After losing both ends of a doubleheader 3-1, the Red Sox suffered another two run loss at the hands of the White Sox, dropping the final game of the series 7-5.
In many ways this was the Red Sox' game to lose, and they certainly did so. The offense came through well enough off of a good pitcher in Mark Buehrle, as David Ortiz brought in two runs with a double in the third inning to take an early lead, and Victor Martinez again pushed the Red Sox ahead with a two run homer in the seventh. Bill Hall even added a fifth run in the eighth inning thanks to Adrian Beltre's leadoff double.
But man, this game got screwed up in a hurry.
Josh Beckett, to his credit, pitched quite well. He was a little hittable, but struck out nine batters in just over six innings, and hadn't walked anyone until the seventh.
That's when things went wrong. With 100 pitches on his arm already, Beckett came back out to start the inning, but clearly didn't have much left, giving up a four pitch walk to the leadoff man Juan Pierre. But Francona stuck with him, and after recording one more out, Beckett allowed a second four pitch walk to Alex Rios before being yanked.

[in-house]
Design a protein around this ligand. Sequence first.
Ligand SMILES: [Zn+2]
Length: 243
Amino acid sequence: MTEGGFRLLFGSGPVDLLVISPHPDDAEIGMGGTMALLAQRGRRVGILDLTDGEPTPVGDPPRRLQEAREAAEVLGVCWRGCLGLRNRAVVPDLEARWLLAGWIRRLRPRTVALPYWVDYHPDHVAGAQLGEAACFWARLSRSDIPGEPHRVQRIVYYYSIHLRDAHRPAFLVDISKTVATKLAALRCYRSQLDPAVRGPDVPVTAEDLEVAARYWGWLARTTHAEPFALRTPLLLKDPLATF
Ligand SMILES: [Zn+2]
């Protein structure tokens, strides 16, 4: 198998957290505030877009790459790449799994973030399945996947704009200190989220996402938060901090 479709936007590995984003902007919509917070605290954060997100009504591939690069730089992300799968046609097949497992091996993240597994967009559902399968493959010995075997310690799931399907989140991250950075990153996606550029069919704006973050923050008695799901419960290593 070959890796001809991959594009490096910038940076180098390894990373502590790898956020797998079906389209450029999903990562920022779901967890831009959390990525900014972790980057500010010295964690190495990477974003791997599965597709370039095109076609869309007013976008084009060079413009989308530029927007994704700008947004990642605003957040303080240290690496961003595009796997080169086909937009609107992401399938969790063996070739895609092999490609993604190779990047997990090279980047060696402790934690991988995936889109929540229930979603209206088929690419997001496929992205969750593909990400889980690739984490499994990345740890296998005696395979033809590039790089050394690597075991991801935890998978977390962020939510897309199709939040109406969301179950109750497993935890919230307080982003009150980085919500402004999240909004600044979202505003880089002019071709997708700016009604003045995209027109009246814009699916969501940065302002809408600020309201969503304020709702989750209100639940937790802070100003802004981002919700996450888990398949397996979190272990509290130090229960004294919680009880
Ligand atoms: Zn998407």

In came Daniel Bard. The second out came quickly with a strikeout of Paul Konerko, but Carlos Quentin wasn't about to go down so quietly. A hard-hit ground ball came back to Bard, who threw up his glove defensively. The ball bounced towards third, Bard fired a rocket to first, and somewhere in the mix, it ended up knocked down and dribbling away from Mike Lowell. Two runs scored on the infield single.
Still, Bard was far from taxed. One pitchout lead to a caught stealing, and Bard went into the eighth inning with only ten pitches. And yet, for some reason, he was pulled for Hideki Okajima. After giving up a leadoff single and recording one out, in came Jonathan Papelbon for a five out save he was not quite up to.
The rest of the eighth went down cleanly enough. A 2-2 pitch grazed Manny Ramirez, pinch hitting for Mark Kotsay, but a strikeout and a flyout got the job done.
The ninth is where things fell apart completely. With a 5-3 lead, things looked OK for the Sox, but with two outs and a runner on second, Papelbon was gassed. On his 40th pitch, he gave up a double to Carlos Quentin. On his 41st, a game-tying single to Ramon Castro. Still, Francona left him in, leading to a walk of Alexei Ramirez.
Finally, Tito turned to the rest of the pen, but it was hardly the right time. The pressure was on, the go-ahead run was in scoring position, and Dustin Richardson and Robert Manuel could do nothing but walk guys. Three straight free passes later, and the White Sox had a 7-5 lead. The Red Sox went down in order in the ninth to finish things off.